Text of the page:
Introducing .za Second Level Registrations (SLRs)

The .za Domain Name Authority (zaDNA) has recently issued a public discussion document and a request for submissions on direct second level registrations (SLRs) in the .za ccTLD. What this effectively means is that, at some stage in the future, you could be able to register “” in addition (or alternatively) to “”.

According to zaDNA, “… SLRs will help improve registration options in .ZA and are likely to be more attractive than the current third level registrations as SLRs will allow for shorter domain names and URLs. At the least, SLRs are likely to offer sustainable alternatives to the current third level registration model.

I am not completely convinced by the argument that the public needs, or even wants, further registration options or that “shorter is always better” when it comes to domain names. The “” second level domain (SLD) has already established itself as the de facto standard for local domain names, with over 1,1 million domain registrations. One simply has to look around you to appreciate how popular and widely adopted “” domain names have become over the past 20+ years.

That said, I have little doubt that “.za” will eventually follow the international trend and make SLRs available to the public. There is just too much international momentum on SLRs for zaDNA to ignore. This brings me to my main point… introducing SLRs into .za is invariably going to introduce complexity and risk. Some of the more significant challenges we will face relates to how we will deal with conflicting or confusingly similar domain name registrations.

What follows is a high-level overview of some of the complexities and challenges we will likely face with the release of SLRs in the “.za” namespace:



3LR (Third Level Registration) refers to the 3rd level domains registered in the current SLDs, example: ““, ““, “” etc.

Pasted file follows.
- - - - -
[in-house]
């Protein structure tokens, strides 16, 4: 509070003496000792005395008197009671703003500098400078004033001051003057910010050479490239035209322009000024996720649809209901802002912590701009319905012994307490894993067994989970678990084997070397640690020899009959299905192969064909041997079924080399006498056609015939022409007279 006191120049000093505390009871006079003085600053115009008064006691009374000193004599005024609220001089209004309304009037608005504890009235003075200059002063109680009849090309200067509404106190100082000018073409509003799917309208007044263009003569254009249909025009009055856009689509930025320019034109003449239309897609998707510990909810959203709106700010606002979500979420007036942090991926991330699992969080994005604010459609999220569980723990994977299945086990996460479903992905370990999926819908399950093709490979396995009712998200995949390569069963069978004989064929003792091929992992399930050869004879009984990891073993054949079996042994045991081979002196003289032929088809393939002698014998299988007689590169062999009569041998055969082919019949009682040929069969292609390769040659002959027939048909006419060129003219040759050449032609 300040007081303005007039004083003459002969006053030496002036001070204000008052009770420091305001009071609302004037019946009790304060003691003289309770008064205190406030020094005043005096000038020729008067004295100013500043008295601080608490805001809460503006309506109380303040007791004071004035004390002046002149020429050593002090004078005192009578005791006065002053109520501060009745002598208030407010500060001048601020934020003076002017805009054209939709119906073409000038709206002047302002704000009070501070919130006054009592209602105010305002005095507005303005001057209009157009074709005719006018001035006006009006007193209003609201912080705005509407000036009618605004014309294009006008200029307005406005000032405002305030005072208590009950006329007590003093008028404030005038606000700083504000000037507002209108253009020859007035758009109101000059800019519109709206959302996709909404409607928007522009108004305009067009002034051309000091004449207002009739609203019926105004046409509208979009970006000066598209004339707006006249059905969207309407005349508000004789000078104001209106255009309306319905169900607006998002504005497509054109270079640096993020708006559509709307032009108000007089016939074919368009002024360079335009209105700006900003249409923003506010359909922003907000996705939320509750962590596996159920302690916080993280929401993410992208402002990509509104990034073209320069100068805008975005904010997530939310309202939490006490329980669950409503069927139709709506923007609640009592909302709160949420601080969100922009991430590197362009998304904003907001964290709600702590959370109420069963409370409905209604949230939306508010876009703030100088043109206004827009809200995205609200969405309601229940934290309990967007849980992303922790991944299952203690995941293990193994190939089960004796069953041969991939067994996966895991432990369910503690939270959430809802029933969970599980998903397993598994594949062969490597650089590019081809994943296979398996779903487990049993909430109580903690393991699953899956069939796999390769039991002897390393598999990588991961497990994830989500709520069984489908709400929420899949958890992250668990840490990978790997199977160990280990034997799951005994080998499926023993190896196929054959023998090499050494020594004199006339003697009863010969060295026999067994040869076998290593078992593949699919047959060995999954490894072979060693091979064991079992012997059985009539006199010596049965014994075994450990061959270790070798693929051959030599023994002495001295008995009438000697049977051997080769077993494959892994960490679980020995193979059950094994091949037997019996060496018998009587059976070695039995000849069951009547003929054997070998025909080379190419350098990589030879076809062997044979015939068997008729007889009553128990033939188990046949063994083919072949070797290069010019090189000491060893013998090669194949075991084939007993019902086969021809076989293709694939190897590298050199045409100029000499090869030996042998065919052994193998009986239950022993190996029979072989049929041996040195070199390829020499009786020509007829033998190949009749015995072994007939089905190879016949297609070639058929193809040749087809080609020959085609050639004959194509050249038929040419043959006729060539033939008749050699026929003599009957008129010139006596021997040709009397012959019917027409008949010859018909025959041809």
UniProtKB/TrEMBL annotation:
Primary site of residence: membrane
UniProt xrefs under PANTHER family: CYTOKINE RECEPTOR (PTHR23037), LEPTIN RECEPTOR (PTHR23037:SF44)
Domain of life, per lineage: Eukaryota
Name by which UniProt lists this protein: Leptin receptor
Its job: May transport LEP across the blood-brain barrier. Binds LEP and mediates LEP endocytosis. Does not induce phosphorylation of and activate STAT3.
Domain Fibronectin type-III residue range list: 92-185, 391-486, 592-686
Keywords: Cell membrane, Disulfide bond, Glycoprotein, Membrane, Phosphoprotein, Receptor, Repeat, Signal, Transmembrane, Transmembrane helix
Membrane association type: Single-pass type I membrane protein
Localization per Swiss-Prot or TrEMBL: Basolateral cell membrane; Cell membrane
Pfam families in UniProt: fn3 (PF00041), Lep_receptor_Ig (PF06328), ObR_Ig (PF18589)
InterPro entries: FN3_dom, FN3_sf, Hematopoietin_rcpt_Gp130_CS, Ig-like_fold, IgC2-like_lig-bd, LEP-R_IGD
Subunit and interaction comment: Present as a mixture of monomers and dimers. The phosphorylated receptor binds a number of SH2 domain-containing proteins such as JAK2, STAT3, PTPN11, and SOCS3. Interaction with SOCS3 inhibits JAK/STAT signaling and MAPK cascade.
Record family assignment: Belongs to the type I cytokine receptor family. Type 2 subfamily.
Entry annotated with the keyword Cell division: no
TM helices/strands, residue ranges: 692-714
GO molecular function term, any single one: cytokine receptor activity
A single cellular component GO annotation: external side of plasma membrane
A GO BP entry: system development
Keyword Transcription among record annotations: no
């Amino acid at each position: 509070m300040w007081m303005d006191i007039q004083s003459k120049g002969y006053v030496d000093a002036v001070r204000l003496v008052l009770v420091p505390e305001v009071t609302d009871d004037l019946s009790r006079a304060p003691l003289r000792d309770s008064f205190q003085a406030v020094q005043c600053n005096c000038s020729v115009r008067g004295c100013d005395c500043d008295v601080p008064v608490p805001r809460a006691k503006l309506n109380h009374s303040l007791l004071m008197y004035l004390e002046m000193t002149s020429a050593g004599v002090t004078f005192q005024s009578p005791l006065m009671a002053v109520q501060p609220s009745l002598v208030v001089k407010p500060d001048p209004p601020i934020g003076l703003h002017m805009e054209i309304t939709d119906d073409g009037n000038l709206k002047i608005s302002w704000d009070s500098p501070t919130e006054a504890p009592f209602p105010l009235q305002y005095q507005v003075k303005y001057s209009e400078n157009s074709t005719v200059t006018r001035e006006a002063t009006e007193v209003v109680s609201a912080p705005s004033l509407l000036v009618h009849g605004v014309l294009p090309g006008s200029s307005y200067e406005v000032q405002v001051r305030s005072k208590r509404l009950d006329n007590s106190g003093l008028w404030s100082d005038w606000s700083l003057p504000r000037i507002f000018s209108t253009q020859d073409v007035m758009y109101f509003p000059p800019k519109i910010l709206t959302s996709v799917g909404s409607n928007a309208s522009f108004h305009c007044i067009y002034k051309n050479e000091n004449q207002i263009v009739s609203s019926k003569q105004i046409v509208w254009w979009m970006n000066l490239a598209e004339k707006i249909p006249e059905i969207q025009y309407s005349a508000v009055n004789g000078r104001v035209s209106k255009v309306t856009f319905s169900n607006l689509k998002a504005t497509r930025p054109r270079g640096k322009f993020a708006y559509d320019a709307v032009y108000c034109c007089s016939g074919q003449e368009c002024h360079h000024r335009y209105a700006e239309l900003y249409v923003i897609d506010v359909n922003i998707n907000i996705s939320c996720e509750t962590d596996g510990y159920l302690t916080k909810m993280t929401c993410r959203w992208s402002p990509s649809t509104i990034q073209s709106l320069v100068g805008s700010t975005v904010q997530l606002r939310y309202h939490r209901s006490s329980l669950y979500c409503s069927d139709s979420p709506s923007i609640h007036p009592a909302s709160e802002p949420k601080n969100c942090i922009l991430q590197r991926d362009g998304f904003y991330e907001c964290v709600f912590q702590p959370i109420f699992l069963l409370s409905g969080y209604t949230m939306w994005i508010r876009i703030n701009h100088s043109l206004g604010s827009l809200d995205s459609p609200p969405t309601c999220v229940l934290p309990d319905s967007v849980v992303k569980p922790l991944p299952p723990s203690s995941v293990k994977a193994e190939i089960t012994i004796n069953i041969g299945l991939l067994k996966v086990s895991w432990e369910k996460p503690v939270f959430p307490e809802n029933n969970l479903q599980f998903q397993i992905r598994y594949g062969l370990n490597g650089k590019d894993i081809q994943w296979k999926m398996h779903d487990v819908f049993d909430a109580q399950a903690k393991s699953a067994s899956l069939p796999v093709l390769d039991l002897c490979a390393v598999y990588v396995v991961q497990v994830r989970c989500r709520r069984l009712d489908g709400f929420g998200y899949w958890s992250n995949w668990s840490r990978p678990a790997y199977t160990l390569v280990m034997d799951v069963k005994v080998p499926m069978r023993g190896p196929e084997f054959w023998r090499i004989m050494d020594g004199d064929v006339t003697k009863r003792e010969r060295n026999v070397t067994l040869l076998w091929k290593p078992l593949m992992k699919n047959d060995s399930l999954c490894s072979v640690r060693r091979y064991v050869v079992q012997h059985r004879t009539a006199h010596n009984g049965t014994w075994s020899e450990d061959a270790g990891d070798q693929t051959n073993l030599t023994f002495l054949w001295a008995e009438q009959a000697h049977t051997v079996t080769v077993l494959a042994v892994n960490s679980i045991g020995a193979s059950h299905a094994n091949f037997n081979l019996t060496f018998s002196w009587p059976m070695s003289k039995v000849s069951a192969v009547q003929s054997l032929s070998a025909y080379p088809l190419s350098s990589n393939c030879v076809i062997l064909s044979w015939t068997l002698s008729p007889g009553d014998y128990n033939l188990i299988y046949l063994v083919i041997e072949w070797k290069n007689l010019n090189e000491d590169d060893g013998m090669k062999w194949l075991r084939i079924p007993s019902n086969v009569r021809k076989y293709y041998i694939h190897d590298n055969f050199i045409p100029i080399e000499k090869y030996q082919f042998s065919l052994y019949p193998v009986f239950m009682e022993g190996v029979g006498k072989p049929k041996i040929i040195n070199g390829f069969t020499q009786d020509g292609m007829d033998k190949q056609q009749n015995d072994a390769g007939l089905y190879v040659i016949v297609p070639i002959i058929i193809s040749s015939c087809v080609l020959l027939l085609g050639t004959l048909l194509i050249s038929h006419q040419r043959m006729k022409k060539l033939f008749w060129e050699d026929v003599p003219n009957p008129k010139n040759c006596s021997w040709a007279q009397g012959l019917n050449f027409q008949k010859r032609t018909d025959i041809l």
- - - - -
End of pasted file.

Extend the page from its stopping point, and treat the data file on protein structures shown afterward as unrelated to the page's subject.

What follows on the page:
SLD (Second Level Domain), refers to the legacy 2nd level domains, which currently offer registrations to the public or qualifying entities, example: ““, ““,”, “” “” etc.

SLR (Second Level Registration), refers to the proposed new registration of domain names at the second level of .za, example: “

Conflicts between SLRs and SLDs

We should take care to avoid instances where the public is able to obtain SLRs that could be confused with existing SLDs. Someone may want to obtain an SLR that ‘mimics’ an existing SLD with the view of creating a series of conflicting or abusive (misleading) 3rd level domain registrations.


#1 SLRs like “” “”, “” and “” could, intentionally or inadvertently, result in confusion with the official “” SLD. Although not exactly the same, a similar issue was recently highlighted in the Carte Blanche expose on domain name abuses where 3LRs were made to mimic domain names. The end result was tender fraud and phishing.   Examples include:

  • “” (SLR) vs. “” (SLD)
  • “” (SLR) vs. “” (SLD)

#2 Similar to the above, SLRs like “”, “”, “” and “” could cause potential conflicts and/or confusion with the popular “” SLD. This could create opportunities for various forms of domain abuse, including cybersquatting and typosquatting, which may in turn lead to unlawful acts like phishing, fraud or trade mark infringement. Examples include:

  • “” (SLR) vs “” (SLD)
  • “” (SLR) vs “” (SLD)

As you may have picked up from the above, it is also possible that the SLR itself may not resemble an SLD at first glance, but may contain a misleading suffix that presents a possible conflict. The misleading element could be hidden within the larger SLR name and be more difficult to identify and regulate. The following examples, even though they may look the same, are completely separate and technically unique domain names. The only difference being the absence or presence of a single dot “.”


Conflicts between SLRs and 3LRs


The public has already made a considerable investment in existing 3LRs… especially those registered in the “” SLD. Each one of the more than 1,1 million unique “” domain registrations retains its own level of trust and recognition and domain holders have been using these domain names as part of their business and personal identities since the early 1990’s.